Kolb Twinstar MkIIIM: G-MYOO - Marim-Quelfes airfield, Olhao, Portugal
The three axis microlight flown by two UK pilots performed two dual touch and go check circuits before landing to drop off the other pilot. The pilot then took off solo from the 200 metre long runway and after passing overhead the airfield, lost directional control in a turn, stalled and crashed killing the pilot. The wind was calm with visibility of more than 10 km. An incorrect control input may have occurred as result of the pilot's lack of training and experience. The aircraft does not have a stall warner. It had been registered in the pilot’s name on 29th May 2014 and the Permit to Fly had expired on 9th April 2015. There was no evidence that the pilot had to performed any maintenance on the aircraft or to maintain its annual certificate of validity for its Permit. Both the aircraft and pilot were operating illegally in a country outside of the original state of registration of the aircraft and state of pilot’s qualifications. He did not have the necessary documents to be able to fly in Portugal. This accident may have resulted from pilot loss of control in flight because the pilot had no training and his experience was very limited on the aircraft type and on other types. The pilot held a UK NPPL and was believed to have flown 83 hours with 10 on type. (GPIAA Report 08/ACCID/2017).
Kolb Firefly: G-CEPN: N Cottered Strip, Luffenhall, Herts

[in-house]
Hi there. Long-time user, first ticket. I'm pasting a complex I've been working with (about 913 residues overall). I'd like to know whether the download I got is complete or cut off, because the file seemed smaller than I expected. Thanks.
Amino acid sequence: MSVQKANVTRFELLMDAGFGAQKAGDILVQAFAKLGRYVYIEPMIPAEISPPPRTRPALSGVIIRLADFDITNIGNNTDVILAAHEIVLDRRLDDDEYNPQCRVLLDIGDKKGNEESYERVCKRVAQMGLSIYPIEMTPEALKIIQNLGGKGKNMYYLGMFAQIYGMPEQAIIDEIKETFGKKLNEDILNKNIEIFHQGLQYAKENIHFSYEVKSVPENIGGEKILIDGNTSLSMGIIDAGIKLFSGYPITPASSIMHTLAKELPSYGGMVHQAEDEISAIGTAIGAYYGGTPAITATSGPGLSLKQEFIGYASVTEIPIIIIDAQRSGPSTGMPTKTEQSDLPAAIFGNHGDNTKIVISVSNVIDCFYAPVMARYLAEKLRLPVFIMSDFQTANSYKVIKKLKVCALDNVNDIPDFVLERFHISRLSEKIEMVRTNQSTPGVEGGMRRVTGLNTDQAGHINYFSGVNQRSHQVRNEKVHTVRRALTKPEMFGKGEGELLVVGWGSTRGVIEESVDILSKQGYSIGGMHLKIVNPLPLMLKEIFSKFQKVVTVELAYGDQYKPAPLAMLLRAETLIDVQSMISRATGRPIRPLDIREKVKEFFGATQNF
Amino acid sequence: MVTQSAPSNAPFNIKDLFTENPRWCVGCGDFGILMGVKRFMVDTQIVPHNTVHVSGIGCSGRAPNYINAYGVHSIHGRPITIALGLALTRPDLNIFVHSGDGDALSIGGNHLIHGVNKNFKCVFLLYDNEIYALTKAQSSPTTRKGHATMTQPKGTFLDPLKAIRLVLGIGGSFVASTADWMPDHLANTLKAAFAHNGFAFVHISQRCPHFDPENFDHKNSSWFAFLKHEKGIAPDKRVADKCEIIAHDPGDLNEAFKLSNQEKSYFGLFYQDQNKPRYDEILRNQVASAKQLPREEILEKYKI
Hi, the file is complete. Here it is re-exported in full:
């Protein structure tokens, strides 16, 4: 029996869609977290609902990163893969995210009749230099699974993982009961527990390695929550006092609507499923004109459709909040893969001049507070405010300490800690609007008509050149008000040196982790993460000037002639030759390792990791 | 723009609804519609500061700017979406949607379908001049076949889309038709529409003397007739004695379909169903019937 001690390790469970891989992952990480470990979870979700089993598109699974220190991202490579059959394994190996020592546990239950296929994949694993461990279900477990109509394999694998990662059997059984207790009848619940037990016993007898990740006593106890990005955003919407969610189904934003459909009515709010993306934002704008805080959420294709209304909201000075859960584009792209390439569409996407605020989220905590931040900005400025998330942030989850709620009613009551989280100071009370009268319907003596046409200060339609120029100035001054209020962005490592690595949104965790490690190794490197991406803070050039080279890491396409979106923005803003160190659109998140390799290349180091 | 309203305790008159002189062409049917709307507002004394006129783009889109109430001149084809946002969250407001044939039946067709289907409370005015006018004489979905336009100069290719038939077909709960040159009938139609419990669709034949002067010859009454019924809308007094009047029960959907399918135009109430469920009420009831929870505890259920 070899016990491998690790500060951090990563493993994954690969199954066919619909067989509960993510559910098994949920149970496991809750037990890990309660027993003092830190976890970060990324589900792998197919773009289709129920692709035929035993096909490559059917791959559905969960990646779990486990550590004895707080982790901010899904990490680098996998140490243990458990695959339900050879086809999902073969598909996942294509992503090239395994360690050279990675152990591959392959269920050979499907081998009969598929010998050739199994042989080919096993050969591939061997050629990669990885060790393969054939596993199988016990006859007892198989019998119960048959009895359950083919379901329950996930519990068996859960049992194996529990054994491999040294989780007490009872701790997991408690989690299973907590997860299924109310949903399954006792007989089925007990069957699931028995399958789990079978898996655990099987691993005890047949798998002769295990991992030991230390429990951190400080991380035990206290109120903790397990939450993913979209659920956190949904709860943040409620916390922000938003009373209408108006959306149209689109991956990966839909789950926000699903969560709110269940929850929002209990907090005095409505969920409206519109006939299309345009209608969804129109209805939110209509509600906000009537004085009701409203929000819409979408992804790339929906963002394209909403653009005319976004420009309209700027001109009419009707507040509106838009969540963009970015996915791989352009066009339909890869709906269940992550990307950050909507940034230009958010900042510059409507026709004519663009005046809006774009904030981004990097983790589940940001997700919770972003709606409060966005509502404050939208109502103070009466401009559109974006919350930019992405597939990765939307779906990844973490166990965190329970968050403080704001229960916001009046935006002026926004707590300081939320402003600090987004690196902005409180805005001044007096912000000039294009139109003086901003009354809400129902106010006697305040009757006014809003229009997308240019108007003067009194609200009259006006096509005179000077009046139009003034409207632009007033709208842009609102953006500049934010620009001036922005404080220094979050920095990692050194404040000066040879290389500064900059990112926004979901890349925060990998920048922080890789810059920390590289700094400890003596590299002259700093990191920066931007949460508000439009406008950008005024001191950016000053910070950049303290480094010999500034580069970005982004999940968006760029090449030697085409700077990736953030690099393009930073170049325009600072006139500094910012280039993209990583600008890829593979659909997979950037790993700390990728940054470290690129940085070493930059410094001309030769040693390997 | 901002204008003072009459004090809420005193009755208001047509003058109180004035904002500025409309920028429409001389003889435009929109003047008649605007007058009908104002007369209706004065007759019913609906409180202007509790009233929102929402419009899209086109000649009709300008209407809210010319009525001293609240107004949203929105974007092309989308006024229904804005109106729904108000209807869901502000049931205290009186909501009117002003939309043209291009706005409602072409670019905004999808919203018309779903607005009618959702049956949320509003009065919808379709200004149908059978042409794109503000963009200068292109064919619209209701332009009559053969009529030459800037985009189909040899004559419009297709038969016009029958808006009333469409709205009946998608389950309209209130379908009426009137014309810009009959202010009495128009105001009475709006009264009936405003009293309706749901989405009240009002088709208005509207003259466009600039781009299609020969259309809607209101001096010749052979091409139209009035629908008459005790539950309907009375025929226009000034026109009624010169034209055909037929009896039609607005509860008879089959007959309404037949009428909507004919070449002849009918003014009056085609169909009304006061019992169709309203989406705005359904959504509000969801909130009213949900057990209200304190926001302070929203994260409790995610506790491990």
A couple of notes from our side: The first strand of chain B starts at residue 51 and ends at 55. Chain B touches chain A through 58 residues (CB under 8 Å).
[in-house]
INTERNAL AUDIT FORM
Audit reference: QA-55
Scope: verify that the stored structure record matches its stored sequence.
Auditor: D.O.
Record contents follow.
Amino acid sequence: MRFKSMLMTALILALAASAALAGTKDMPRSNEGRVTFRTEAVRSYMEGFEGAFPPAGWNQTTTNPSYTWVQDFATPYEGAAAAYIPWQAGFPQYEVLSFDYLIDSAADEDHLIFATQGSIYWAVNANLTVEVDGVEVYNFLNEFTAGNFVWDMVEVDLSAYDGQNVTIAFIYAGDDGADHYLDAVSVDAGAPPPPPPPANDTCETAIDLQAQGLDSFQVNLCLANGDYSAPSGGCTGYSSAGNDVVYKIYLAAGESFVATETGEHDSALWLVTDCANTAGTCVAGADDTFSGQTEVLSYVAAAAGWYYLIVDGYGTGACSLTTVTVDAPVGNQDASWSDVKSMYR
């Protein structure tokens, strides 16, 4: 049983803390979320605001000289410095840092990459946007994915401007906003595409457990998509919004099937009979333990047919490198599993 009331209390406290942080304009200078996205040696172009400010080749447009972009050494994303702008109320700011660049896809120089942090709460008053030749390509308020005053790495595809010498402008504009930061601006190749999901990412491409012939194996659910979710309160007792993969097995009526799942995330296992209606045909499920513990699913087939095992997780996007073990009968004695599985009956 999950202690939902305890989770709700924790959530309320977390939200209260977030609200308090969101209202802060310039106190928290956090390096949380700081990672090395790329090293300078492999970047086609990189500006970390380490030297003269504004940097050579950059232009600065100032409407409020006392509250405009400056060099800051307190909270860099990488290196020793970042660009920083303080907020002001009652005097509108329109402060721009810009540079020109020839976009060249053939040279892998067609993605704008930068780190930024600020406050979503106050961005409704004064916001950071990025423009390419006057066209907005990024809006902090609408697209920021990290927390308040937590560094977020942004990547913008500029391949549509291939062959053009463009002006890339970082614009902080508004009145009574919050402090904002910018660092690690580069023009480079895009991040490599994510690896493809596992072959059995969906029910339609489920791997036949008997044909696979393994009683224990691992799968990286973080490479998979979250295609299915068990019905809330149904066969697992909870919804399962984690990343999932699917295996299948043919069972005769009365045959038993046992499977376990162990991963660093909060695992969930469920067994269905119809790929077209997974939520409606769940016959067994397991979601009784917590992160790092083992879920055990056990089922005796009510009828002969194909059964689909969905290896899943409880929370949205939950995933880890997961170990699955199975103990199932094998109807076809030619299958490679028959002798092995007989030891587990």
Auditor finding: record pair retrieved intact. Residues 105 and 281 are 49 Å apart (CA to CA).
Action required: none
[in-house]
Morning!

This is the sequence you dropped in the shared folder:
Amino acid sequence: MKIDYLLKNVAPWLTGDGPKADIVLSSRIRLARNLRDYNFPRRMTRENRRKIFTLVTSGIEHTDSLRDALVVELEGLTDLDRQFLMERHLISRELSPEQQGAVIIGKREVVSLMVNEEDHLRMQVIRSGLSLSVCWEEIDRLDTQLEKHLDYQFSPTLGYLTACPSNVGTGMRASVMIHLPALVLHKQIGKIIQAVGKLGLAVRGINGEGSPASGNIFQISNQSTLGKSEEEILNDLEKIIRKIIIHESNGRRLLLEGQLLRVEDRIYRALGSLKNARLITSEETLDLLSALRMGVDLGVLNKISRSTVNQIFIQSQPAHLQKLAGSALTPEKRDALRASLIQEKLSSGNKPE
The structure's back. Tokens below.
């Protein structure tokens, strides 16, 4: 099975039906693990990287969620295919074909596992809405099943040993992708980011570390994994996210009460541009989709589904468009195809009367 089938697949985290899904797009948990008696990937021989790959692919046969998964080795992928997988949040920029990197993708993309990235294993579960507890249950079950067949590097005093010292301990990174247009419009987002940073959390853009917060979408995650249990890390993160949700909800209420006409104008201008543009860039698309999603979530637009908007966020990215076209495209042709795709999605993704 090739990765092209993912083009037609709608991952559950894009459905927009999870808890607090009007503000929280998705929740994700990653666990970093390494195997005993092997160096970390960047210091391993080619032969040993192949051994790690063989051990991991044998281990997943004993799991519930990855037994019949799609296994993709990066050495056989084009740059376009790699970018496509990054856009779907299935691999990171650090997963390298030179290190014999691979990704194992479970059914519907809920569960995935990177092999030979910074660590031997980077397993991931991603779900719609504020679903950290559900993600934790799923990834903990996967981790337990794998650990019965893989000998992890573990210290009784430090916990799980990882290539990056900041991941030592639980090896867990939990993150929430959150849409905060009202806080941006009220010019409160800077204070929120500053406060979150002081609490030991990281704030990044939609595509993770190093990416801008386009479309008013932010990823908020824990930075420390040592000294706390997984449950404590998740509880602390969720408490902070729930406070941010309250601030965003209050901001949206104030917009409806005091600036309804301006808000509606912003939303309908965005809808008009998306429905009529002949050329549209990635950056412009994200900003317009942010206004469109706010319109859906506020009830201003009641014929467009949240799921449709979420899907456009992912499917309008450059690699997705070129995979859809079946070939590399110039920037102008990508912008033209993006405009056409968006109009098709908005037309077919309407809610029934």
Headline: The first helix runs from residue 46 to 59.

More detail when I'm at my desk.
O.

The pilot drove to the airfield from his home with the Single Seat De-Regulated (SSDR) aircraft on a trailer. There he rigged it. The strip is 500 m long and the pilot was familiar with it. Shortly after takeoff from runway 25, approximately one mile from the runway, the aircraft was seen by witnesses and CCTV to enter a steep descending left turn from which it did not recover before striking the ground vertically. Analysis of CCTV footage confirmed that, immediately before the final manoeuvre, the aircraft’s speed was above the predicted stall speed. It is highly unlikely, therefore, that a stall or spin entry was a factor in this event. The investigation was unable to identify any defect which would have prevented the aircraft from responding normally to the pilot’s control inputs. Luton airport 13 nm SW of Cottered and Stansted 13 nm SE, both reported light easterly winds with no cloud, good visibility and a temperature of 24 deg C. The pilot had been flying microlight aircraft for many years and had extensive experience on a number of different types. Up to the flight of 20 June 2017 he had not flown for some months, due to technical issues with the aircraft as well as personal reasons. As his class rating for microlights had been issued prior to 1 February 2008, he was not required to have any flights with an instructor to renew his rating by experience. There was no record of him having flown any dual flights since he received his licence in 1990. He appears not to have flown for over six months, so he was out of recent flying practice, but it is not known whether this was a factor. The 71 year old pilot had flown 5,215 hours of which 342 were on type. (AAIB Bulletin 3/2018)